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China vs. India? Where one Asia investment manager is buying in a world of uncertainty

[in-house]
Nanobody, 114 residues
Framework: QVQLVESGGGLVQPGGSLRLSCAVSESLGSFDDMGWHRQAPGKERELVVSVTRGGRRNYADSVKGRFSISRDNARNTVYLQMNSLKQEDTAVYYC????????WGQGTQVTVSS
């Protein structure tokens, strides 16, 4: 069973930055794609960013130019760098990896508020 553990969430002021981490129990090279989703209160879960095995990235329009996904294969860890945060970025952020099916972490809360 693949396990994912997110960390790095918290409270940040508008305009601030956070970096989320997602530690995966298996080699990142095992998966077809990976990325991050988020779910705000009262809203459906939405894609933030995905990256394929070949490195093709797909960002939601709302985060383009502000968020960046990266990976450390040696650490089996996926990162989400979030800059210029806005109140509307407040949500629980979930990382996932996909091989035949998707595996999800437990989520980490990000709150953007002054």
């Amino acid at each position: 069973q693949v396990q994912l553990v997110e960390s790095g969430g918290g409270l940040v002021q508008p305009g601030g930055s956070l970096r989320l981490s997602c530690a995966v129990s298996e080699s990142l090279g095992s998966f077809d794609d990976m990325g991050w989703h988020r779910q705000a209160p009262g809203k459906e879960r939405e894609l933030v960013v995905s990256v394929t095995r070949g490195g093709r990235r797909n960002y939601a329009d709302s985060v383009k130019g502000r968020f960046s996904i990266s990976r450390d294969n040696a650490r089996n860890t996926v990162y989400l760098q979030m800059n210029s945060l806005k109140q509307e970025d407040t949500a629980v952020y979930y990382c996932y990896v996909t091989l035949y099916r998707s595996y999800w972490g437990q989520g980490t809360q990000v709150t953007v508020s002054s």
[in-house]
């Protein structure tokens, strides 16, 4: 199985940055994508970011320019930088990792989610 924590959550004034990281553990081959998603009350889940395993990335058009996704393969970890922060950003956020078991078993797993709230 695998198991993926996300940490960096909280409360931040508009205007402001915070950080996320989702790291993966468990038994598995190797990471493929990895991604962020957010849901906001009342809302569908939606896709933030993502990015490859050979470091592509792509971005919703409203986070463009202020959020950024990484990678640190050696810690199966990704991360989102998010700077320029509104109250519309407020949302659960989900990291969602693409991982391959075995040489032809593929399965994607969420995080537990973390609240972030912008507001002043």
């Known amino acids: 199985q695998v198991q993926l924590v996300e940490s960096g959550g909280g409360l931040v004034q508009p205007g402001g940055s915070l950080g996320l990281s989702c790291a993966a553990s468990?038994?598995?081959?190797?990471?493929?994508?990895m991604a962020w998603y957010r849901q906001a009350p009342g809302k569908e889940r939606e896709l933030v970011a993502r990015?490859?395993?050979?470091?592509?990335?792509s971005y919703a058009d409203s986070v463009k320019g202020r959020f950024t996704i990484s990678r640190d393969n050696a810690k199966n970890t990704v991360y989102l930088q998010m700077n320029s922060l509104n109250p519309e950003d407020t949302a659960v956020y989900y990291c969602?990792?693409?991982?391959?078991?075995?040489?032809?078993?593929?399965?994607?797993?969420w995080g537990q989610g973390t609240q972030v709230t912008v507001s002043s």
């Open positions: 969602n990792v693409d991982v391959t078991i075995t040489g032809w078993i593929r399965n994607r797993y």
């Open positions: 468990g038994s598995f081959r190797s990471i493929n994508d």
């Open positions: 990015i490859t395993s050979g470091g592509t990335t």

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India stocks have run up so high that China looks relatively attractive, said Abrdn’s Xin-Yao Ng, Singapore-based investment manager of Asian equities. “Just take a fundamental view, there is a lot of value in China,” he said in an interview Friday. “But we don’t know how long we need to wait.” Until the Chinese economy rebounds, his strategy is to pick stocks. Official numbers show China’s growth has slowed from the pace of past decades. Chinese stocks have dropped over the last several months, with the Shanghai Composite trading near lows not seen since the early months of the pandemic in 2020. All this follows a year in which mounting concerns about China’s economy and lack of stimulus have kept investors on the sidelines. Abrdn’s Ng remains cautious on China and said the most important indicator is the property sector —especially transaction volume and prices. “Once that stabilizes, consumers can be more confident, households can be more secure about their financial status,” he said. But it remains unclear when that will happen. Ng doesn’t expect significant stimulus from the government in the months ahead. Chinese Premier Li Qiang signaled a restrained stance last week when he told a global audience at Davos that China “did not resort to massive stimulus” and “did not seek short-term growth while accumulating long-term risks.” What to buy In the meantime, Ng said he’s focusing on Chinese stocks with higher free cash flow yields — a measure of potential return — particularly for some internet names that have announced share buybacks. “In China, there are a lot of stocks giving you plus-10% free cash flow yield,” he said, noting that yield is only 1% to 2% for stocks in India. Though Abrdn is overweight on India and underweight China overall, Ng said. He said the firm is selectively taking some money out of India after its run higher , to put into China and some thematic plays. Abrdn’s funds include a China A Share Sustainable Equity Fund, which had $2.4 billion as of the end of November. Its top 10 holdings include Kweichow Moutai , Aier Eye Hospital and Mindray . “We’re selectively adding into things like sportswear,” Ng said, noting how outdoor activities have become more popular in China, helping Nike and brands owned by Chinese company Anta . Another area of selective buying is in healthcare stocks, he said. He said the firm expects companies like Mindray to emerge “much stronger” from China’s anti-corruption campaign in the sector – while offering a hedge with a growing export business. One category Ng said Abrdn is beginning to look more at is some export-oriented names, given expectations the U.S. economy will see a soft landing and create more demand than expected for Chinese goods. “We’ve started to hear some [industrial] names start to talk about rebounding orders, might be some green shoots,” he said. China’s exports grew faster than expected in December, but not enough to offset a decline for the year , the first annual drop since 2016. Nomura’s proprietary leading index on Asian exports, released Friday, signaled Asian exports could grow as soon as February. The index has climbed for four straight months to its highest since May 2022. But for China’s economy overall, a slew of concerns from geopolitics to an aging population remain. “Investors and companies would like a big stimulus, a big economic support, but the government doesn’t seem to think the economy needs that,” Ng said, noting that “in a downturn, you actually have to over-ease to break that downward spiral in confidence.”

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